Sri Lanka’s stock market opened after a seven-week trading halt only to shutter within minutes following a more than 10% drop in a gauge of blue chip shares, highlighting the risks of a long hiatus.
The benchmark Colombo All Share Index settled 3.9% lower at 4,392.43 after a slide at the open in a measure of the nation’s top 20 stocks by market capitalization triggered a circuit breaker that ended trading today.
The stock exchange had already shortened operations to two hours as the island nation’s capital remains under curfew even as the government allowed public and private companies to resume operations from Monday.
“There’s likely to be pent up selling, but as global markets pick up with economies slowly opening up, it might limit some of the downward pressures,” said Sanjeewa Fernando, a strategist at CT CLSA Securities Pvt. in Colombo. Investors would also look at how the Sri Lankan economic recovery unfolds, and how debt management is handled, he said.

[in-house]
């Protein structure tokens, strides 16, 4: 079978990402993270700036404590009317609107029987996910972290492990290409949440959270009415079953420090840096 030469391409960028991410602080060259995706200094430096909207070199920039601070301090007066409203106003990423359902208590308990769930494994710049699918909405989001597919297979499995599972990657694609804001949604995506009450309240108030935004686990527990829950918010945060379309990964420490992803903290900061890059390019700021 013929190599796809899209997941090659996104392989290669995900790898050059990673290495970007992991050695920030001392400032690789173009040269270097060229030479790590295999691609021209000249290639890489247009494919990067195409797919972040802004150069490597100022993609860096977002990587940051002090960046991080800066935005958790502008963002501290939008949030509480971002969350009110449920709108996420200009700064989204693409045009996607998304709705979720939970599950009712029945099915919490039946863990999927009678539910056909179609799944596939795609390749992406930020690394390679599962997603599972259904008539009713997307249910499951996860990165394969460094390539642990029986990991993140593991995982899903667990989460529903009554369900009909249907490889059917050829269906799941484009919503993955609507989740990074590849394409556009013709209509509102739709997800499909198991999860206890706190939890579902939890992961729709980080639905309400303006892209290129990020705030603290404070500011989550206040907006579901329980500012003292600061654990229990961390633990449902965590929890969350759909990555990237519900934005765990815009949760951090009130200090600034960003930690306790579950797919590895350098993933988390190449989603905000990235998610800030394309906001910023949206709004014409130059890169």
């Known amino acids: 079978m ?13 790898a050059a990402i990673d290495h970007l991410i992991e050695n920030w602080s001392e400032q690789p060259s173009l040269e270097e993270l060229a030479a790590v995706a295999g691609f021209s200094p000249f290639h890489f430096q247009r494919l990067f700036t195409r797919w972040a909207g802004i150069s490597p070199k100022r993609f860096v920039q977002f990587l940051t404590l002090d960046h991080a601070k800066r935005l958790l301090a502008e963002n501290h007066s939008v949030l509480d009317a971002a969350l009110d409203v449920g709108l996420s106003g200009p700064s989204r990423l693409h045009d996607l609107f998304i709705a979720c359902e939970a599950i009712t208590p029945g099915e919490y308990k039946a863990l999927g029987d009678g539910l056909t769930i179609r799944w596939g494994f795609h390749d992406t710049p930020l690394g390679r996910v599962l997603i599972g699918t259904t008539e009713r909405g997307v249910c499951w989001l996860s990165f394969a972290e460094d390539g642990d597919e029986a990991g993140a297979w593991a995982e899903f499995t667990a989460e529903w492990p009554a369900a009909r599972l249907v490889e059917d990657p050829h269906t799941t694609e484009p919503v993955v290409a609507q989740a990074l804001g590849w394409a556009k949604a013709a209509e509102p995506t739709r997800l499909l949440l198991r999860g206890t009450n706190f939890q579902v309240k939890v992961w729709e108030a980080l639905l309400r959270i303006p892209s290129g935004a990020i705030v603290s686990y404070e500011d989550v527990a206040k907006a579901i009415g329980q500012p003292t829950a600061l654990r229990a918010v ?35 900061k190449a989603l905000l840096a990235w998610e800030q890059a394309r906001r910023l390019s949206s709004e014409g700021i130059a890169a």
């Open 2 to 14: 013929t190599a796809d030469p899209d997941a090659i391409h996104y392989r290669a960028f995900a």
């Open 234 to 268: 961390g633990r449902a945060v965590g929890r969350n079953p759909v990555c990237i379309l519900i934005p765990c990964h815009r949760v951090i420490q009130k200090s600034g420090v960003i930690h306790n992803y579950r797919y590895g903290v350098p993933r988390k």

The South Asian nation’s stocks are trading at their lowest level in almost a decade after missing out on a worldwide equities rebound in April. Sri Lanka and Bangladesh exchanges were among a handful of global stock markets that halted trading in March after the Covid-19 pandemic shut down economies and pummelled equities. The Bangladesh bourse remains shut after last trading on March 25, marking its longest closure since 1976.
Sri Lanka’s monetary authority on May 6 cut benchmark interest rates for a third time since the coronavirus outbreak to bolster the economy against the fallout of the pandemic. Sri Lanka had registered 797 coronavirus infections and nine deaths, according to data compiled by John Hopkins University as of May 7.
“This should have been expected with foreign investors keen to liquidate their stakes,” said Pasindu Perera, head of research at Candor Equities Ltd. in Colombo. “This crisis is unlike any other, and we may just be at the start of it. So in the short to medium term the selling will persist.”